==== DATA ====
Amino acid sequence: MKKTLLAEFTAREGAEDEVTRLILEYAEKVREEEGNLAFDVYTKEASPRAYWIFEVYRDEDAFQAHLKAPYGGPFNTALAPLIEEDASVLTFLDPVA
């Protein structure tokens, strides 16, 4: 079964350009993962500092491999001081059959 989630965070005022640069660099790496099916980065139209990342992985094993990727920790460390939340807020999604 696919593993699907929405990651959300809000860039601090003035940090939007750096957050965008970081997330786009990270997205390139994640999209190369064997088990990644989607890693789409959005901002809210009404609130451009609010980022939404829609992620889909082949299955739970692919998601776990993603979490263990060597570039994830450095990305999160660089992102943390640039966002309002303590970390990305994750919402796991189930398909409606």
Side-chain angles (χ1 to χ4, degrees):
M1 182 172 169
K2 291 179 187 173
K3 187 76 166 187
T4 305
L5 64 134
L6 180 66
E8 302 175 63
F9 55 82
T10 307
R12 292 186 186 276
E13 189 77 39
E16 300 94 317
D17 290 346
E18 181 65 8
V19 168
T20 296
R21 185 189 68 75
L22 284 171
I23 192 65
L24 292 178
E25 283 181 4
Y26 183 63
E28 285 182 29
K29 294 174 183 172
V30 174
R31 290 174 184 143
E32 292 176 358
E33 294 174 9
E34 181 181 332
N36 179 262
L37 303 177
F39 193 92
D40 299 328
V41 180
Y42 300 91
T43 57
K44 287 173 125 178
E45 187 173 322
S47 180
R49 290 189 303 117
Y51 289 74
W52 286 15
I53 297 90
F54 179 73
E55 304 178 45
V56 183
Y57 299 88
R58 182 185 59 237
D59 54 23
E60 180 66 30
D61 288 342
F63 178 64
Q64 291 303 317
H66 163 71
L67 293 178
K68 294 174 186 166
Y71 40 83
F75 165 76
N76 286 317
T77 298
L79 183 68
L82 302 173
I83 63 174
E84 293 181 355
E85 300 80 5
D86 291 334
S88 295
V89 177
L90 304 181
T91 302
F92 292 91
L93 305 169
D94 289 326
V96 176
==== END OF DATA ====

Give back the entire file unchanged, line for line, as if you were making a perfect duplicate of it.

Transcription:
Amino acid sequence: MKKTLLAEFTAREGAEDEVTRLILEYAEKVREEEGNLAFDVYTKEASPRAYWIFEVYRDEDAFQAHLKAPYGGPFNTALAPLIEEDASVLTFLDPVA
């Protein structure tokens, strides 16, 4: 079964350009993962500092491999001081059959 989630965070005022640069660099790496099916980065139209990342992985094993990727920790460390939340807020999604 696919593993699907929405990651959300809000860039601090003035940090939007750096957050965008970081997330786009990270997205390139994640999209190369064997088990990644989607890693789409959005901002809210009404609130451009609010980022939404829609992620889909082949299955739970692919998601776990993603979490263990060597570039994830450095990305999160660089992102943390640039966002309002303590970390990305994750919402796991189930398909409606």
Side-chain angles (χ1 to χ4, degrees):
M1 182 172 169
K2 291 179 187 173
K3 187 76 166 187
T4 305
L5 64 134
L6 180 66
E8 302 175 63
F9 55 82
T10 307
R12 292 186 186 276
E13 189 77 39
E16 300 94 317
D17 290 346
E18 181 65 8
V19 168
T20 296
R21 185 189 68 75
L22 284 171
I23 192 65
L24 292 178
E25 283 181 4
Y26 183 63
E28 285 182 29
K29 294 174 183 172
V30 174
R31 290 174 184 143
E32 292 176 358
E33 294 174 9
E34 181 181 332
N36 179 262
L37 303 177
F39 193 92
D40 299 328
V41 180
Y42 300 91
T43 57
K44 287 173 125 178
E45 187 173 322
S47 180
R49 290 189 303 117
Y51 289 74
W52 286 15
I53 297 90
F54 179 73
E55 304 178 45
V56 183
Y57 299 88
R58 182 185 59 237
D59 54 23
E60 180 66 30
D61 288 342
F63 178 64
Q64 291 303 317
H66 163 71
L67 293 178
K68 294 174 186 166
Y71 40 83
F75 165 76
N76 286 317
T77 298
L79 183 68
L82 302 173
I83 63 174
E84 293 181 355
E85 300 80 5
D86 291 334
S88 295
V89 177
L90 304 181
T91 302
F92 292 91
L93 305 169
D94 289 326
V96 176